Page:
Cabinet advances sale of VÚB and SLSP
The cabinet has told bank privatisation advisor J.P. Morgan that an 84.5% stake in state bank Všeobecná Úverová Banka (VÚB) is to be offered to potential investors. In the case of state bank Slovenská Sporiteľňa (SLSP), the advisor will decide between two alternatives. According to the first scenario, the state would sell the entire 87.2% stake it holds, while the second alternative proposes the sale of an 63.8% stake with the option for a further 23.3%. Finance Minister Brigita Schmögnerová provided this information to journalists following the cabinet's regular session on February 16.
The cabinet also decided that during the second phase of restructuring VÚB and SLSP it would transfer, in line with the World Bank's recommendations, 35 billion Slovak crowns of classified loans into the Slovenská Konsolidačná agency and the Konsolidačná Banka hospital bank. After the first phase of loan carve outs in December (72.3 billion crowns was transferred from VÚB, SLSP and state bank IRB to Konsolidačná Banka and the agency), the share of classified loans in VÚB's portfolio decreased to 32%; after the second phase it should decrease to 20%. In SLSP this share decreased to 38% in the first phase, and should also sink to 20% in the second round, which should be finished by late April.
Electro-tech industry in the black for 1999
According to preliminary results, the net earnings of electro-technical companies in Slovakia totaled 1.6 million crowns in 1999, compared to 1998 losses of 210.3 million crowns.
In 1999, Slovak companies in the electro-technical industry registered sales of 42.5 billion crowns, from which exports accounted for 23.9 billion crowns, up 33.7% compared with the previous year. The industry employed 40,377 people in 1999 compared with 38,370 people at the end of 1998, and the average monthly wage increased 10.4%. Capital investments increased 4.5% to total 3.2 billion crowns.
The largest electro-technical companies in Slovakia are Siemens Automotive in eastern Slovakia's Michalovce, Alcatel Slovakia, in Liptovský Mikuláš, EZ Elektrosyst0my of Bratislava, Sony Slovakia in Trnava, and Kablo in Bratislava.
Slovak Rail lost 55 million Sk from Hungarian strike
Slovak Rail (ŽSR) suffered a 55 million crown loss from canceled transport contracts between Slovakia and Hungary during the strike held by Hungarian rail (MAV) in February. ŽSR calculated the loss from a comparison of transport volumes during the same period in 1999, when 5,100 boxcars transporting 190,000 metric tons of freight were shipped between Slovakia and Hungary. The losses from canceled transport cannot be claimed from MAV, ŽSR spokesperson Miloš Čikovský said on February 15.
Other losses due to the delayed boxcars heading from Slovakia to Hungary will be calculated at the end of the month, while losses from passenger transport will be totaled after figuring out annual transportation output. "We assume that a sizable portion of our cargo freight customers moved to road transport during the strike, and there is a great concern that part of them will not return," Čikovský said.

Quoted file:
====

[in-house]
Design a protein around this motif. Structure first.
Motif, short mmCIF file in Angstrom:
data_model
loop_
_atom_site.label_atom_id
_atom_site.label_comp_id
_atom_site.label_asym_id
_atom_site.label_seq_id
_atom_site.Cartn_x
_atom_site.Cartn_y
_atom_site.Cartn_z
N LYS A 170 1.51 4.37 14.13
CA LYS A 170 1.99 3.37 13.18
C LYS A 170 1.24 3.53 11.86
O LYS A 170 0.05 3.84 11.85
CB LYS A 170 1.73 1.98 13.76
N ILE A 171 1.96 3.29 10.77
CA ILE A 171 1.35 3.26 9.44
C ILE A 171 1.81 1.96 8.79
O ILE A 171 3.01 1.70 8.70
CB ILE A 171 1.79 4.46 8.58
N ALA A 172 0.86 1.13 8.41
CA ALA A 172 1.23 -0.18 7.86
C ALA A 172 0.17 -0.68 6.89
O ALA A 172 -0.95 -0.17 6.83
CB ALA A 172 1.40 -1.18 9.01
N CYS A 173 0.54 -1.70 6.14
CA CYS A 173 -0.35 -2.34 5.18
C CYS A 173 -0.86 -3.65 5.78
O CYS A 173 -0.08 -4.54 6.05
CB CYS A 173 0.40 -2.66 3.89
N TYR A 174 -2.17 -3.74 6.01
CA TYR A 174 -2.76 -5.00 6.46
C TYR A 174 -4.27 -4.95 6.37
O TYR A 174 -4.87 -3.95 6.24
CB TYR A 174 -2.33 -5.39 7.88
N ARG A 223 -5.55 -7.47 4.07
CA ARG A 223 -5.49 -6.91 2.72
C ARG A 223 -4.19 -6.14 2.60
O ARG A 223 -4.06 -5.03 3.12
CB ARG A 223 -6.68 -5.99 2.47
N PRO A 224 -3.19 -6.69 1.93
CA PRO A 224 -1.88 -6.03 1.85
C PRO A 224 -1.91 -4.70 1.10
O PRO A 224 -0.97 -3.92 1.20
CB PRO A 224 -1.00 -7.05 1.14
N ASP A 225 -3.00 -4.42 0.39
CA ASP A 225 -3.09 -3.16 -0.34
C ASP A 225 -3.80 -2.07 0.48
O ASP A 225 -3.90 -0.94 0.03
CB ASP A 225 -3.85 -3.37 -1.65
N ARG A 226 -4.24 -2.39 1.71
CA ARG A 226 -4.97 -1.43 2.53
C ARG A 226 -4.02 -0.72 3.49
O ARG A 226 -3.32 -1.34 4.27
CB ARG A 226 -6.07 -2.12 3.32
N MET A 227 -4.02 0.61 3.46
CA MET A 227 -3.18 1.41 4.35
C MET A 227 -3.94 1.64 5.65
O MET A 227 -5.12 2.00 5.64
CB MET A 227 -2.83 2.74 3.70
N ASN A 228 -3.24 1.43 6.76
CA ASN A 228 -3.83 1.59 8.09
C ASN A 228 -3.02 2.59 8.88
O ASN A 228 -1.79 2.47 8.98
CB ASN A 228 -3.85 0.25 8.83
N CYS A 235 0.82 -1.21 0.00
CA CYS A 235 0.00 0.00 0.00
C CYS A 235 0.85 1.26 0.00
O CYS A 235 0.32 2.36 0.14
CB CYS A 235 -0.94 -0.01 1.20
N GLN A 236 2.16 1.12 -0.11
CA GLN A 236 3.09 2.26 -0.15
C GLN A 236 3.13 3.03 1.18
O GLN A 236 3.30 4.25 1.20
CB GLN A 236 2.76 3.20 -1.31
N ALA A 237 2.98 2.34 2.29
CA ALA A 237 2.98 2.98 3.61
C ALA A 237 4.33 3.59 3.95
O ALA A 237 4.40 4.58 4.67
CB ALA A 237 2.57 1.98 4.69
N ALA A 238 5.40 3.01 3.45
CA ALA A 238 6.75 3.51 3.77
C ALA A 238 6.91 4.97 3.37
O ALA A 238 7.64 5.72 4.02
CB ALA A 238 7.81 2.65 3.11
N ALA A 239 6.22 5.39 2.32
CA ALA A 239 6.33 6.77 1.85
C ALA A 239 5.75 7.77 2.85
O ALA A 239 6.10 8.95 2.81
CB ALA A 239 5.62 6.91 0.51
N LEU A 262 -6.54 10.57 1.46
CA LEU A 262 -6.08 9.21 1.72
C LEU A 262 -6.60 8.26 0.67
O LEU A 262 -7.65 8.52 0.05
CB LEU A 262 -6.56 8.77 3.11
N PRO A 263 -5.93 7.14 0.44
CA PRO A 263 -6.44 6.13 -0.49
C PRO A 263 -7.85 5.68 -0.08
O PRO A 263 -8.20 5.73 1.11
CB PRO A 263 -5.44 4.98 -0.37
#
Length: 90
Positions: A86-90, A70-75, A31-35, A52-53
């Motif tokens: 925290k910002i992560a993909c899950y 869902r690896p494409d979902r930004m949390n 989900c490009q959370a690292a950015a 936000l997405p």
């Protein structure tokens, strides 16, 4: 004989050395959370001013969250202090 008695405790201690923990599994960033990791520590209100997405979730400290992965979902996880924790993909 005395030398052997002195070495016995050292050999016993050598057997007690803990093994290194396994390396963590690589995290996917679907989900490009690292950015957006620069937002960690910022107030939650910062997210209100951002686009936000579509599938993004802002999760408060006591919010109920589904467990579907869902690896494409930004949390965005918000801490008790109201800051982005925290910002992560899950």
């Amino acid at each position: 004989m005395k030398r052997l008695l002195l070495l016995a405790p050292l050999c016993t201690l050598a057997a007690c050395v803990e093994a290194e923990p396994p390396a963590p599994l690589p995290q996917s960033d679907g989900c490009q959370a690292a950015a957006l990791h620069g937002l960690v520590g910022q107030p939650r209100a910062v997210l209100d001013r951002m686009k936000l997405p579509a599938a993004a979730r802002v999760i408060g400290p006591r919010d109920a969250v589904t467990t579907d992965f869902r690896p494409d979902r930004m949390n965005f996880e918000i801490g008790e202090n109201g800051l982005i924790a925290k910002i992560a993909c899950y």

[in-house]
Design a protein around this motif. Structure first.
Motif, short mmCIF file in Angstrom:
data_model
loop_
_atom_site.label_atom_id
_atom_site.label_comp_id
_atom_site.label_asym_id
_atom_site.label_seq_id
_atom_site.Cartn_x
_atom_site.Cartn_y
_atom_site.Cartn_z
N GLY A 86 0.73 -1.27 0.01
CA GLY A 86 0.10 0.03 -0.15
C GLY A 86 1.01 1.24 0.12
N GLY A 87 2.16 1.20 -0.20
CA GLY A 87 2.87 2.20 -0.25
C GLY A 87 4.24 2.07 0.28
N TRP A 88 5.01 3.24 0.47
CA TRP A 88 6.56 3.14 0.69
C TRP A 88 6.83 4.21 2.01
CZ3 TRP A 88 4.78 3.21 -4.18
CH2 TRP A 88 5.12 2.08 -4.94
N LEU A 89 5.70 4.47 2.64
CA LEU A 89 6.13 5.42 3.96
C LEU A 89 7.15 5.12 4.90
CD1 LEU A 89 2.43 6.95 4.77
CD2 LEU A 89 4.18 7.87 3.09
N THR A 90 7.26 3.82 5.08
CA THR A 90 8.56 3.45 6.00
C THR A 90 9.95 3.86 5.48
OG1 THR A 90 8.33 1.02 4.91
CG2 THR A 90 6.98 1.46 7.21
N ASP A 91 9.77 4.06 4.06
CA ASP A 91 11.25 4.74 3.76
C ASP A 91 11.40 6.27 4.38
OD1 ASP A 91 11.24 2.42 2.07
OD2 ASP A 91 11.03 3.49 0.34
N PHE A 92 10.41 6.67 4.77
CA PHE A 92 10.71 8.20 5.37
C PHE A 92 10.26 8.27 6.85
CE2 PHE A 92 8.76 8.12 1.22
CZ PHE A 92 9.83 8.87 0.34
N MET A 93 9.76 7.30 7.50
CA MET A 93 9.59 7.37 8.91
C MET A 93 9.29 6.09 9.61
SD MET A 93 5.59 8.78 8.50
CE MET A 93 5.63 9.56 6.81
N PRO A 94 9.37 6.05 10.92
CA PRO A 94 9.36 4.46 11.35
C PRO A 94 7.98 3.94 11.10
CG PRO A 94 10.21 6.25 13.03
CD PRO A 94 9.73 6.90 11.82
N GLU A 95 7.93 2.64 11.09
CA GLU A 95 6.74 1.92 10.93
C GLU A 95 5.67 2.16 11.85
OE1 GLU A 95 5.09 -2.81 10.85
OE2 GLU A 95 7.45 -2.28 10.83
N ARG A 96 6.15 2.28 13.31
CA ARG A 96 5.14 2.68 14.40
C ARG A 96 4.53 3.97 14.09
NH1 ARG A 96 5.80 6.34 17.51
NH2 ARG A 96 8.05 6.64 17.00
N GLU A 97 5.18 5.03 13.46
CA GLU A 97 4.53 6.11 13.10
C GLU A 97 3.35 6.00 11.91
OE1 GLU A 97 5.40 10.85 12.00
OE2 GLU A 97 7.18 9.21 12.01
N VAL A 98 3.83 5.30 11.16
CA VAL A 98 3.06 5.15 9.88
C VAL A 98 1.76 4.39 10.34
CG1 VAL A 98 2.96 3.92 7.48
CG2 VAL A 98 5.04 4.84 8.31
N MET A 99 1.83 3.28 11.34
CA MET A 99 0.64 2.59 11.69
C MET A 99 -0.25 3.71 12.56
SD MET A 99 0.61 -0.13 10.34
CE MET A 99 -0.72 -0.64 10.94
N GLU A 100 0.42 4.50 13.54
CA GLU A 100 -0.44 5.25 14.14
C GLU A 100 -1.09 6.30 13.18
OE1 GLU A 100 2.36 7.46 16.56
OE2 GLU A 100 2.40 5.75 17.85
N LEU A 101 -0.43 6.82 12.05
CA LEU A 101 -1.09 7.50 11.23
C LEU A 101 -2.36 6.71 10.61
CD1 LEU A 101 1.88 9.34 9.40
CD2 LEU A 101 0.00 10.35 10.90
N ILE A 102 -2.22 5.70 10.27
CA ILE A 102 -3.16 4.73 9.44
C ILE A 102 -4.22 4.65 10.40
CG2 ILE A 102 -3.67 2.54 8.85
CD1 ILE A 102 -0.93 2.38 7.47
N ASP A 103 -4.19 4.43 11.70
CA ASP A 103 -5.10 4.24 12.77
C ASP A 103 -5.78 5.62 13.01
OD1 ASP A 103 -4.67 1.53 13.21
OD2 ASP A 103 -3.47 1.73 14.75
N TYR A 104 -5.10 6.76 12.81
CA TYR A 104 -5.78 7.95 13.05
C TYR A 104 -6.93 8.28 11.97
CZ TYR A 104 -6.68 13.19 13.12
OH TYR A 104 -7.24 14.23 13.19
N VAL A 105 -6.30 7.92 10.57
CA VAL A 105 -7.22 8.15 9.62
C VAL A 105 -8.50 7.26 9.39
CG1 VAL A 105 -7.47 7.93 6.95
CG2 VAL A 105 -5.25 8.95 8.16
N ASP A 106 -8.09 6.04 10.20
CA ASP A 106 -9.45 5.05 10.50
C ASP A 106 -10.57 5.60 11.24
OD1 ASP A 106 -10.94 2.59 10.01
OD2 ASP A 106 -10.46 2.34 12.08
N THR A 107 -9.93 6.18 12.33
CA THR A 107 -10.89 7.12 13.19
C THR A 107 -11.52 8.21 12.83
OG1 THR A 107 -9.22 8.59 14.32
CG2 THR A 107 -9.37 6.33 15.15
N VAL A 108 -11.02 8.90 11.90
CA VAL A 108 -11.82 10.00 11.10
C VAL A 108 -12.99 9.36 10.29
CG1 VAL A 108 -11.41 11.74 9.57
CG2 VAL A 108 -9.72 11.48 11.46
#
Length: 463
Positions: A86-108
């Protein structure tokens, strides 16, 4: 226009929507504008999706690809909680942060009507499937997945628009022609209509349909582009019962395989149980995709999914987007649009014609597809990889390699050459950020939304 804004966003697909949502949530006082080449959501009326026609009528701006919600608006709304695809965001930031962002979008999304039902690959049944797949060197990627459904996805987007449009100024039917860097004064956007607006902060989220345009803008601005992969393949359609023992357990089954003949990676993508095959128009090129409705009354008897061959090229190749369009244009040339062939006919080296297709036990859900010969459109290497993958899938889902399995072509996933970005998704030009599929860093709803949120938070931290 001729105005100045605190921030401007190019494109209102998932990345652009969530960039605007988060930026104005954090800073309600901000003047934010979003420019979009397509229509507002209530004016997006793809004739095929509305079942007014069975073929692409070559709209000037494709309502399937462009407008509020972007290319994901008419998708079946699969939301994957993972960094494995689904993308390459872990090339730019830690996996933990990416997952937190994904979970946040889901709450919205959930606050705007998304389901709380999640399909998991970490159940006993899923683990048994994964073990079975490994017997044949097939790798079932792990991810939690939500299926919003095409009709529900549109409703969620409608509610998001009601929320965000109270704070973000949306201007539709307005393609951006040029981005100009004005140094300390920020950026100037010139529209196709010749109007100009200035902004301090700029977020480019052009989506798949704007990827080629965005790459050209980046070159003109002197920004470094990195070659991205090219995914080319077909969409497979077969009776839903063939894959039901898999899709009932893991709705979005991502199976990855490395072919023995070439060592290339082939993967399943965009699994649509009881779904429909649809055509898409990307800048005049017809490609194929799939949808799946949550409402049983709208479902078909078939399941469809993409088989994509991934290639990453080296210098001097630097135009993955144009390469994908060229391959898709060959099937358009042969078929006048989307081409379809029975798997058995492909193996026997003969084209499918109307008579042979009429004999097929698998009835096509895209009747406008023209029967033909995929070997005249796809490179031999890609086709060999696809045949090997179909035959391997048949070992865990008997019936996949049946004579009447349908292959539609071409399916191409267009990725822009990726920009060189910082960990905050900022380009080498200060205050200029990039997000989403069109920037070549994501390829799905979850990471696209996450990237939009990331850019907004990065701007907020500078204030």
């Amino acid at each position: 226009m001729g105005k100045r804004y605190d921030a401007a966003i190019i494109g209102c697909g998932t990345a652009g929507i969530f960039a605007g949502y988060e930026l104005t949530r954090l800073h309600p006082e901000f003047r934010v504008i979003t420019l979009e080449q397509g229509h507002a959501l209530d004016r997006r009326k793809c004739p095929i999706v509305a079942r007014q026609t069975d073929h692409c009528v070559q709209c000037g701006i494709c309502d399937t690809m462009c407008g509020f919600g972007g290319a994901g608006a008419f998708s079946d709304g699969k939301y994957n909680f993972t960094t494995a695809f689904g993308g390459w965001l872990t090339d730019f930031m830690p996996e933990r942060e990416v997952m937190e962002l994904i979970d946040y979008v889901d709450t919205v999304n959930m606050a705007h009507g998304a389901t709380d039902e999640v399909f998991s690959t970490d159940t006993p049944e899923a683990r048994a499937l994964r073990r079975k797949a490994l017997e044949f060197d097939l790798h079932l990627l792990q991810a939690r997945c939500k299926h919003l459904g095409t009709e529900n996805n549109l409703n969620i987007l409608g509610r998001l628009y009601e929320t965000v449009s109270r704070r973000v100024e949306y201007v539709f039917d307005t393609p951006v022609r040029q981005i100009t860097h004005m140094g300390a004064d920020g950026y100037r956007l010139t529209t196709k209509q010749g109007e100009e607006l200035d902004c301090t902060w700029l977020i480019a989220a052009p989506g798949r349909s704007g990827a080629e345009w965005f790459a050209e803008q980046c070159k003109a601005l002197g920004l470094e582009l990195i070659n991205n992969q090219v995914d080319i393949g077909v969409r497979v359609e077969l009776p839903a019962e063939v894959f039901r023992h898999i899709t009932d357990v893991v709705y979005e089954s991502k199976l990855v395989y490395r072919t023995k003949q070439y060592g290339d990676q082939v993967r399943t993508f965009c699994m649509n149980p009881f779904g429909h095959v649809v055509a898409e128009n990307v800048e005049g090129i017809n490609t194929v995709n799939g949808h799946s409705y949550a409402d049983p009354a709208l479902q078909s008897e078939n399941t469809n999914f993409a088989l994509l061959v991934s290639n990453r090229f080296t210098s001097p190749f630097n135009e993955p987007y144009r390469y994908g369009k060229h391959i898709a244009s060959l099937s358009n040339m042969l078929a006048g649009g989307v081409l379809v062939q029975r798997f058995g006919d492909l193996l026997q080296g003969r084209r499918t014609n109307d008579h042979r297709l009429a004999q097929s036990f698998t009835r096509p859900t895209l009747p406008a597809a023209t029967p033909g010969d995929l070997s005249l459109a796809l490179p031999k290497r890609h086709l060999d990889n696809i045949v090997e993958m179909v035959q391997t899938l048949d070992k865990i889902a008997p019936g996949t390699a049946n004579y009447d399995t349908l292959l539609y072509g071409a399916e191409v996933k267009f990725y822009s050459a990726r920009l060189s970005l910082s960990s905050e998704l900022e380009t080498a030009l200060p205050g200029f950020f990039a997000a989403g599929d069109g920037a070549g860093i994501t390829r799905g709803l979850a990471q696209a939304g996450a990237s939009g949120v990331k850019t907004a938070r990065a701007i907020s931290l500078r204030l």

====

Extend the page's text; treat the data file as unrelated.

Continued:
Hungarian rail unions said on February 13 that they were calling off a two week national strike as of 5:00 p.m. after reaching agreement on most issues with state rail company MAV.
VW Slovakia plans to produce 150,000 cars in 2000
Volkswagen Slovakia, based in Bratislava, plans to manufacture 150,000 cars this year, and a new development project will introduce a new off-road vehicle, the Volkswagen Colorado. When production starts on the new model, the assembly plant in Bratislava will be the only one in the VW Group producing three models (Polo, Golf/Bora and Colorado).
The company also plans to construct an industrial park north-west of Bratislava, near the village of Lozorno and 10 kilometers from the VW plant in Bratislava. Presently, VW is acquiring land for construction of the 35 hectare industrial park, which is expected to employ from 700 to 1,000 people.
Yet another VW project in Slovakia, Auto Martin, is expected to start producing components for cars in April.
EIB to put more cash into Slovak private sector
Finance Minister Brigita Schmögnerová and European Investment Bank (EIB) director Wolfgang Roth met to dissect further possibilities for the EIB's involvement in Slovakia for 2000 and 2001. Schmögnerová's spokesman, Peter Švec, said on February 14 that the EIB wants to continue its traditional projects covering transport, energy and water management and also wishes to focus on investments into the private sector. Through Slovak commercial banks, the EIB hopes to support projects exceeding 20 million crowns destined for small and medium-size businesses.
Generally, the EIB provides loans with a 15 to 20 year maturity to the public sector with a possibility of installment default for three to five years. The EIB loans for the private sector carry a 10 year maturity and also include the chance of repayment default. Since 1993, the EIB has provided the Slovak public corporate sector with loans amounting to almost one billion euros, of which 0.6 billion euros have been withdrawn.
Core inflation hits 6.7% in January
In January 2000, Slovakia's core inflation was 6.7% compared to January 1999, while net inflation was 8.6%, according to figures released by Slovak Statistics Office on February 14. According to its monetary program, the the National Bank of Slovakia (NBS) expects core inflation of between 4.5 and 5.8% by the end of the year 2000.
In 1999, core inflation was at its highest in September (at 7.3% year-on-year), while the minimum was posted in May (at 4.7% year-on-year). Net inflation reached its maximum last year in September (10.2%), and the minimum in January (6.2%).
Compiled by Keith Miller from SITA
21. Feb 2000 at 0:00